Re: sweat equity
From: Stuart Staniford-Chen (staniforcs.ucdavis.edu)
Date: Tue, 9 Aug 94 12:32 CDT
Pablo Halpern writes:

> people, many women, etc.) will get less done but will put in the same 
> effort as a stronger, more skilled person. How about trusting people to put 
> in their best effort and just counting hours. Do you really believe that 
> there will be wholesale advantage-taking by people such that counting hours 
> is not a good indication of effort?

I suppose this is probably the best that can be done.  However, in work days 
here at N Street it is noticeable that some folks break their backs trying to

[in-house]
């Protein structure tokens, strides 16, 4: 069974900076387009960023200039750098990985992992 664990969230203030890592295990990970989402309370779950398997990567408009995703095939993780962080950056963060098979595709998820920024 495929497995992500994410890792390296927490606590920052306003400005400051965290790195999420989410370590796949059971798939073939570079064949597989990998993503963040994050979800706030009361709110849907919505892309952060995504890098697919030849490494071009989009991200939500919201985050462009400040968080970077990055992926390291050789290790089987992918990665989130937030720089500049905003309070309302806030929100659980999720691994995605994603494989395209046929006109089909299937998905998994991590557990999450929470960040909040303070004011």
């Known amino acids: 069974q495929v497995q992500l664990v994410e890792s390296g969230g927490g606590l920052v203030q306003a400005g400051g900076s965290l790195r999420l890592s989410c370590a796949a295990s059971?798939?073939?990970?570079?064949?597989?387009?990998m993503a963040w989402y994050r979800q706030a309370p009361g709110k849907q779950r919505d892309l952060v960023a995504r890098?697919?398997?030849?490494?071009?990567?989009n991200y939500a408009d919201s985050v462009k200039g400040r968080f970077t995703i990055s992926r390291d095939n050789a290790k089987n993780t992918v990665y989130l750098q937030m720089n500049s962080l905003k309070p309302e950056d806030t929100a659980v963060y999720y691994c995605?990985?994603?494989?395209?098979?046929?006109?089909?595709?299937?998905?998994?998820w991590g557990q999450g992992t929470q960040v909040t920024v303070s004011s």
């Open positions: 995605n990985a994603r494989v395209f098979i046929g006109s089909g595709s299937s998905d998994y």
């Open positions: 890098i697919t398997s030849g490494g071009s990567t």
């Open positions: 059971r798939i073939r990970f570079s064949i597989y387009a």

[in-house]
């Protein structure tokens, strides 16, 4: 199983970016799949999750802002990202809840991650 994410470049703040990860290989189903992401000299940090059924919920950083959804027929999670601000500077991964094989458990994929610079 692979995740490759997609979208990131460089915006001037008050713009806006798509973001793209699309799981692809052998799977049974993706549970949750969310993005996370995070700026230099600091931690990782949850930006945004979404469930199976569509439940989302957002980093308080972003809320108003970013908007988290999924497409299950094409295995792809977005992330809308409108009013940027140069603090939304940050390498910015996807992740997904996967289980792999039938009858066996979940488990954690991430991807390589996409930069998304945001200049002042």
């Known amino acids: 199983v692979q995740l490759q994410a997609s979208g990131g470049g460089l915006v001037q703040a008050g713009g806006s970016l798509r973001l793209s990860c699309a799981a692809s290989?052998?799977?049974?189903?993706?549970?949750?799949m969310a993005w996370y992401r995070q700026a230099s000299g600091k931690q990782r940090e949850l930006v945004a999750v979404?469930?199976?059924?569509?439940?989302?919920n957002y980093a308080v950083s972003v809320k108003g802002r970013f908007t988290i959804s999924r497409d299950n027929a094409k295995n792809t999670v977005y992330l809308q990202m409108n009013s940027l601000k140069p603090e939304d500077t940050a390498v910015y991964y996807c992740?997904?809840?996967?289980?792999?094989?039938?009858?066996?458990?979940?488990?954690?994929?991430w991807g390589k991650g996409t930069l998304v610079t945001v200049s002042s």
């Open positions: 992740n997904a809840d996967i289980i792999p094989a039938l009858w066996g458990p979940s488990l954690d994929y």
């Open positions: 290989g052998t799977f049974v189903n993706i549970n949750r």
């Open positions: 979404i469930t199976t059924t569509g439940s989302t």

get the job done while others are more prominent as shovel ornaments.  There 
definitely is a lot of variation in effort put in as well as skill level.  
Similarly, some folks are much more reliable about doing committee work than 
others.  Here, we don't have any kind of formal sweat equity arrangement so it 
isn't a serious problem.  However, if sweat equity was a big feature of the 
community I could imagine it being a significant source of friction.  I don't 
see any way to compensate for it without in effect saying to somebody, "You 
make less effort, so your hours count for less", which is mighty close to "You 
are an inferior person."  That would cause far more friction.

Stuart.

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Stuart Staniford-Chen
stanifor [at] cs.ucdavis.edu
N Street Cohousing, Davis, CA
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